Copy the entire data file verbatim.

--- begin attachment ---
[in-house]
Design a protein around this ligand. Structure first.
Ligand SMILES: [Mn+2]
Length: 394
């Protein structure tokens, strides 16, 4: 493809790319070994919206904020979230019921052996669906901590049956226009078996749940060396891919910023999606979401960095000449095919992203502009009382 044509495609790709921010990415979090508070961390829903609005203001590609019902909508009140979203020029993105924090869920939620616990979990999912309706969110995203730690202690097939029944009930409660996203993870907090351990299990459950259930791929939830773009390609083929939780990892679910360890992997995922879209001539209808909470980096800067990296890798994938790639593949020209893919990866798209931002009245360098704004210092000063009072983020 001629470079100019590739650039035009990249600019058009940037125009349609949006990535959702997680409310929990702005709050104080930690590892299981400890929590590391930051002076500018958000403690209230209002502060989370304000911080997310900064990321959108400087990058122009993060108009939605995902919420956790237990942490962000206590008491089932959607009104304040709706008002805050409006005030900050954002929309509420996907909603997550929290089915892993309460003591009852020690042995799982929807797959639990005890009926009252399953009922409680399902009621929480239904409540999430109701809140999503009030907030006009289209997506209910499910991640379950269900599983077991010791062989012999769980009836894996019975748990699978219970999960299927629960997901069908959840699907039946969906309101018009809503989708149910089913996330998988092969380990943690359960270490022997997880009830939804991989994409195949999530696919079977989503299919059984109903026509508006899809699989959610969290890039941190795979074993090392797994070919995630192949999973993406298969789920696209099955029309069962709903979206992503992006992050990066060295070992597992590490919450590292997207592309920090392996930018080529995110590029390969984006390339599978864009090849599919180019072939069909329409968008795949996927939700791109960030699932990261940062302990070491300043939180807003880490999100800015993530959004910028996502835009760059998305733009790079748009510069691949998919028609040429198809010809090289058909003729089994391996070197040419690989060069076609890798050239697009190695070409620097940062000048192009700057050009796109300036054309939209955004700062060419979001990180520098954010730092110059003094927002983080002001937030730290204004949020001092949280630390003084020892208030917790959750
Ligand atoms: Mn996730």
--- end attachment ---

[in-house]
Design a protein around this ligand. Structure first.
Ligand SMILES: [Mn+2]
Length: 394
């Protein structure tokens, strides 16, 4: 493809790319070994919206904020979230019921052996669906901590049956226009078996749940060396891919910023999606979401960095000449095919992203502009009382 044509495609790709921010990415979090508070961390829903609005203001590609019902909508009140979203020029993105924090869920939620616990979990999912309706969110995203730690202690097939029944009930409660996203993870907090351990299990459950259930791929939830773009390609083929939780990892679910360890992997995922879209001539209808909470980096800067990296890798994938790639593949020209893919990866798209931002009245360098704004210092000063009072983020 001629470079100019590739650039035009990249600019058009940037125009349609949006990535959702997680409310929990702005709050104080930690590892299981400890929590590391930051002076500018958000403690209230209002502060989370304000911080997310900064990321959108400087990058122009993060108009939605995902919420956790237990942490962000206590008491089932959607009104304040709706008002805050409006005030900050954002929309509420996907909603997550929290089915892993309460003591009852020690042995799982929807797959639990005890009926009252399953009922409680399902009621929480239904409540999430109701809140999503009030907030006009289209997506209910499910991640379950269900599983077991010791062989012999769980009836894996019975748990699978219970999960299927629960997901069908959840699907039946969906309101018009809503989708149910089913996330998988092969380990943690359960270490022997997880009830939804991989994409195949999530696919079977989503299919059984109903026509508006899809699989959610969290890039941190795979074993090392797994070919995630192949999973993406298969789920696209099955029309069962709903979206992503992006992050990066060295070992597992590490919450590292997207592309920090392996930018080529995110590029390969984006390339599978864009090849599919180019072939069909329409968008795949996927939700791109960030699932990261940062302990070491300043939180807003880490999100800015993530959004910028996502835009760059998305733009790079748009510069691949998919028609040429198809010809090289058909003729089994391996070197040419690989060069076609890798050239697009190695070409620097940062000048192009700057050009796109300036054309939209955004700062060419979001990180520098954010730092110059003094927002983080002001937030730290204004949020001092949280630390003084020892208030917790959750
Ligand atoms: Mn996730």